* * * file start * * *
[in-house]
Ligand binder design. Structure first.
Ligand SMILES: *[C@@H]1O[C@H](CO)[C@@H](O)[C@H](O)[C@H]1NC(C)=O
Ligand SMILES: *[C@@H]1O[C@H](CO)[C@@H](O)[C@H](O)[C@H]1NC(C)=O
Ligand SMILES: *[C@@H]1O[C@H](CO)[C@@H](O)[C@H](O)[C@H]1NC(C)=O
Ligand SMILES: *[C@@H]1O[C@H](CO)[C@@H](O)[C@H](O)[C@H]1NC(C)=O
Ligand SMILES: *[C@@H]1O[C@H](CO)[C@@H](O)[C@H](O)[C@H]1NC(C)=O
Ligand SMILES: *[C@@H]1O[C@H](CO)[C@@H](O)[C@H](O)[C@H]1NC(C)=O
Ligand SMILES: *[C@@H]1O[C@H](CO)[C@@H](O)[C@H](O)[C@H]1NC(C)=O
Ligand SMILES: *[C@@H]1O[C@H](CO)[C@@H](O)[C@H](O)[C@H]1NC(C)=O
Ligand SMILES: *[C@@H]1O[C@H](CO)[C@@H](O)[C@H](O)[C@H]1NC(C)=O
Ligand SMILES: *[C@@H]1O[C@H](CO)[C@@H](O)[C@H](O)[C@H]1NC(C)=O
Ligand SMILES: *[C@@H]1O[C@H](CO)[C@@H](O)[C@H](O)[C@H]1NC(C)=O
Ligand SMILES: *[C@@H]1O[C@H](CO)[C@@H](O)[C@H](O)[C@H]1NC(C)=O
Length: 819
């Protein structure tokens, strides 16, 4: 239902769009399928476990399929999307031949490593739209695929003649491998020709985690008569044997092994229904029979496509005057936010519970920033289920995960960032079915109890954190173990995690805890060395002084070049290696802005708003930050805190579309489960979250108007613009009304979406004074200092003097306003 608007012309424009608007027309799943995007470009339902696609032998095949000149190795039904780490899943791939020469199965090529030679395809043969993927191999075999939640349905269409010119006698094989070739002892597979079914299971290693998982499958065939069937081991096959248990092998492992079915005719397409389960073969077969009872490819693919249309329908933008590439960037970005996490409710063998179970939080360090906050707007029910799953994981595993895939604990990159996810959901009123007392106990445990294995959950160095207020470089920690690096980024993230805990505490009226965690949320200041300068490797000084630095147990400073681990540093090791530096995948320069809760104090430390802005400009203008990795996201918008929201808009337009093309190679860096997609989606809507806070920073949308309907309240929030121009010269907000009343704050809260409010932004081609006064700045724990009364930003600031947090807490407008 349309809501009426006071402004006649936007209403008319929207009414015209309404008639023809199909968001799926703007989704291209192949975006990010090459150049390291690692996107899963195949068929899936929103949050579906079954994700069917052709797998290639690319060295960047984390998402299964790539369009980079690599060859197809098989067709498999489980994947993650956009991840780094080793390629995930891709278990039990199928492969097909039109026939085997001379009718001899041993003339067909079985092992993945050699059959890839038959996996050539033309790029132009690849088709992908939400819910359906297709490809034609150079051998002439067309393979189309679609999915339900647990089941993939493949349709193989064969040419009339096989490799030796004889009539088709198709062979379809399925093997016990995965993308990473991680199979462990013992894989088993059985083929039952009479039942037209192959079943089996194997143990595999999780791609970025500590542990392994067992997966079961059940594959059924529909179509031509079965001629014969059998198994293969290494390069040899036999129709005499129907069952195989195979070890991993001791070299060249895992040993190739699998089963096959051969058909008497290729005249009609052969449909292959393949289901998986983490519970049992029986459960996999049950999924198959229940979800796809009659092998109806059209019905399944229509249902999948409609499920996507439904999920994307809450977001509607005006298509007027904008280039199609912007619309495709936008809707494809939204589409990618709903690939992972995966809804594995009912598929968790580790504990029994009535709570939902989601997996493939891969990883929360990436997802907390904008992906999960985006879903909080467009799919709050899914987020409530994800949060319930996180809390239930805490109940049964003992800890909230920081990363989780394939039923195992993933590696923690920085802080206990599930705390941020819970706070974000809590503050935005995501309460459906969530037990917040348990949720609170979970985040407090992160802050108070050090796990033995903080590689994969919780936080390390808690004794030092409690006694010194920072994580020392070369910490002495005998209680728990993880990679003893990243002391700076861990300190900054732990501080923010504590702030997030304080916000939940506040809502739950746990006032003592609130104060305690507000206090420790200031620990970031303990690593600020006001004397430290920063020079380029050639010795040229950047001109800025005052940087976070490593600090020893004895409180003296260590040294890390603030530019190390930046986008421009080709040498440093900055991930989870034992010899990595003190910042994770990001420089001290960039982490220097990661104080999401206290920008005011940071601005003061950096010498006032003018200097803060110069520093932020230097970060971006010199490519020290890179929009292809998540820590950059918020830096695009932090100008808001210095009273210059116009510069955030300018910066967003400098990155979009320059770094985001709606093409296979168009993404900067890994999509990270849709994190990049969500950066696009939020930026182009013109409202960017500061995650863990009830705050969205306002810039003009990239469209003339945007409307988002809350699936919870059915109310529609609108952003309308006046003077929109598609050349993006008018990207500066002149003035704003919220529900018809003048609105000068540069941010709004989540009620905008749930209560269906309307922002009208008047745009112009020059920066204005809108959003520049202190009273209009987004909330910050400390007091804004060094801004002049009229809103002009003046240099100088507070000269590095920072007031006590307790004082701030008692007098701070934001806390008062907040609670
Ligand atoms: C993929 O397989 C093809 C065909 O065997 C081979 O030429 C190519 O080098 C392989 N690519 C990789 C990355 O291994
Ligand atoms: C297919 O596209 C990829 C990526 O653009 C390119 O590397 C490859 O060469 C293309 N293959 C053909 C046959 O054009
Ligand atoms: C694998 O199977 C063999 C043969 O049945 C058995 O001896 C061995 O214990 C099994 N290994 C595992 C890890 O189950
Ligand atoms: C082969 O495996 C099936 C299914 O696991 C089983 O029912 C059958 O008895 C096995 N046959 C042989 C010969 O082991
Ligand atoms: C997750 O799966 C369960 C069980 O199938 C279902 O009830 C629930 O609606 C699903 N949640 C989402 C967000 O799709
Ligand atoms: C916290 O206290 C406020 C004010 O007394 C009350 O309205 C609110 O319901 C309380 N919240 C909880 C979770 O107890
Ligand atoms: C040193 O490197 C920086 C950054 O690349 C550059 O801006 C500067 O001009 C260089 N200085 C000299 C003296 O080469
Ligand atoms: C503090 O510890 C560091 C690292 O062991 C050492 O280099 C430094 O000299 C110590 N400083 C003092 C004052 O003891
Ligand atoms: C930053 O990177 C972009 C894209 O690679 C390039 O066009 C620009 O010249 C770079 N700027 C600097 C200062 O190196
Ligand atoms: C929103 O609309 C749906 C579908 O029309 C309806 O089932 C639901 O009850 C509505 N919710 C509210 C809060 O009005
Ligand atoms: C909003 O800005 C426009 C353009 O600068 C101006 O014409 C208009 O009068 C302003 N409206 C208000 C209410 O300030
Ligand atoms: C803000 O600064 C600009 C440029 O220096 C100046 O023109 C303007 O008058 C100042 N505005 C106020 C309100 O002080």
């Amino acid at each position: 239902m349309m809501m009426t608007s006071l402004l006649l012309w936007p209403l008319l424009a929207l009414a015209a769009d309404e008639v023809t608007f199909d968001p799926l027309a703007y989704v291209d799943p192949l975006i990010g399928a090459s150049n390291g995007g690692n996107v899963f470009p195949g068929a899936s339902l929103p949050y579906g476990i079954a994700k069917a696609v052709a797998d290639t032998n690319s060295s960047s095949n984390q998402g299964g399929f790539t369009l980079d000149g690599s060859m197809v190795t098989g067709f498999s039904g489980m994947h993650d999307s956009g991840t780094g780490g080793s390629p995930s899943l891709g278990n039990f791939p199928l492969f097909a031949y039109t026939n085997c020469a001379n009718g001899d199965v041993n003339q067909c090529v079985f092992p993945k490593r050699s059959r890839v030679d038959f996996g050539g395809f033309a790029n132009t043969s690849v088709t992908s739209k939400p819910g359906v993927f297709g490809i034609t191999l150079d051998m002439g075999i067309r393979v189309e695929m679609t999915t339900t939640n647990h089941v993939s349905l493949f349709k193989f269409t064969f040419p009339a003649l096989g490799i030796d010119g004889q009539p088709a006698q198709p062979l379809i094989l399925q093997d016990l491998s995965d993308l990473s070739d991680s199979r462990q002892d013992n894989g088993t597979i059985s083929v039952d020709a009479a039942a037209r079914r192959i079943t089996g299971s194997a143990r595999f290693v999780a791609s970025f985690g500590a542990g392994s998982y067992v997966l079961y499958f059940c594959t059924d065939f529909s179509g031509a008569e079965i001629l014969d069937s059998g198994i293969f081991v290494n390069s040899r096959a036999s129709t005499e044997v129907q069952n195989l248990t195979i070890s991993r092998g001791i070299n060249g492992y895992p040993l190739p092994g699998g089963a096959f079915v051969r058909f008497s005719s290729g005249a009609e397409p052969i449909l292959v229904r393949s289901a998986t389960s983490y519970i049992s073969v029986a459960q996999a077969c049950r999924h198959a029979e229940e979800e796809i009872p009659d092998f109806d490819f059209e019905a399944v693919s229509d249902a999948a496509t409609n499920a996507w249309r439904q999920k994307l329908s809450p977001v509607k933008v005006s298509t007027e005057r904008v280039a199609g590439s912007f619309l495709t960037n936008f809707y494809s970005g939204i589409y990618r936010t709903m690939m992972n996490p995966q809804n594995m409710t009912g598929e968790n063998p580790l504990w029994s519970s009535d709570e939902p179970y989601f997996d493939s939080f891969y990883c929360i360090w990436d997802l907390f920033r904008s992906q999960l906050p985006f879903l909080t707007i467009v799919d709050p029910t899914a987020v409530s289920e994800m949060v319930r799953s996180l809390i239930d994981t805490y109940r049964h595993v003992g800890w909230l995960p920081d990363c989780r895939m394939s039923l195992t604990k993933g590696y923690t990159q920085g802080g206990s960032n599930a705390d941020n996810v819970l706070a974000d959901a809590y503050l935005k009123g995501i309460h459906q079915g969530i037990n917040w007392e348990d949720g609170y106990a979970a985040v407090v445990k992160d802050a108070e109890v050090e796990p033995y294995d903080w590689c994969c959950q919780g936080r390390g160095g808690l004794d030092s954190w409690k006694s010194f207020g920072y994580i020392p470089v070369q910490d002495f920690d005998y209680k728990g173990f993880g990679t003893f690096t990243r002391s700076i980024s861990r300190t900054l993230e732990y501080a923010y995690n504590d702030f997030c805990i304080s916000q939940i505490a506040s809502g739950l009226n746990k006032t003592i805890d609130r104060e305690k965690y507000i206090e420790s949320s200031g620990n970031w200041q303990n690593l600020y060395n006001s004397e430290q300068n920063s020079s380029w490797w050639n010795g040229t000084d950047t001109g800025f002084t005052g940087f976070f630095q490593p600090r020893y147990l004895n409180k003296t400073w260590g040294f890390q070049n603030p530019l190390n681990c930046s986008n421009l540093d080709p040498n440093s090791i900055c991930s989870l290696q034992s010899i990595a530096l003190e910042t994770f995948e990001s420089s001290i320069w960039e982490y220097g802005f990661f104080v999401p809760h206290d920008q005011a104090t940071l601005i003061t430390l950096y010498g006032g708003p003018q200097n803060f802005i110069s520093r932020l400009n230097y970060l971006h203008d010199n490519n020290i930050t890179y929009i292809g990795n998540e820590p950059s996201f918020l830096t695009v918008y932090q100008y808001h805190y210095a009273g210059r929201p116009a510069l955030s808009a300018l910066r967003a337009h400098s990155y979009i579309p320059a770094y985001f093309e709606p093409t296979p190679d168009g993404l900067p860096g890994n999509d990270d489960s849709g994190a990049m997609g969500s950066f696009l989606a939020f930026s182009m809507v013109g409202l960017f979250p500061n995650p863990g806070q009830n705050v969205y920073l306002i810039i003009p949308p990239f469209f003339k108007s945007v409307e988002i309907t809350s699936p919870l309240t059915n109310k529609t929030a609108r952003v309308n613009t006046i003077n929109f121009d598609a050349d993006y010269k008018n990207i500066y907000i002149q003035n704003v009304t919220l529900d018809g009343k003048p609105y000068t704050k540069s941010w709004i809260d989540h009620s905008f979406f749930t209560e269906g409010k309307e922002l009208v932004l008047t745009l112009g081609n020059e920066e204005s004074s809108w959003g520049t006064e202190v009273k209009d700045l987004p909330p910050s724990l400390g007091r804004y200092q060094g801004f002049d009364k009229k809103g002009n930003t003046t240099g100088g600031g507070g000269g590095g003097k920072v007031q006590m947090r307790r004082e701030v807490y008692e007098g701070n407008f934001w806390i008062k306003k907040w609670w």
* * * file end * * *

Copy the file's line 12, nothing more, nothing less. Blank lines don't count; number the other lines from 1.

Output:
Ligand SMILES: *[C@@H]1O[C@H](CO)[C@@H](O)[C@H](O)[C@H]1NC(C)=O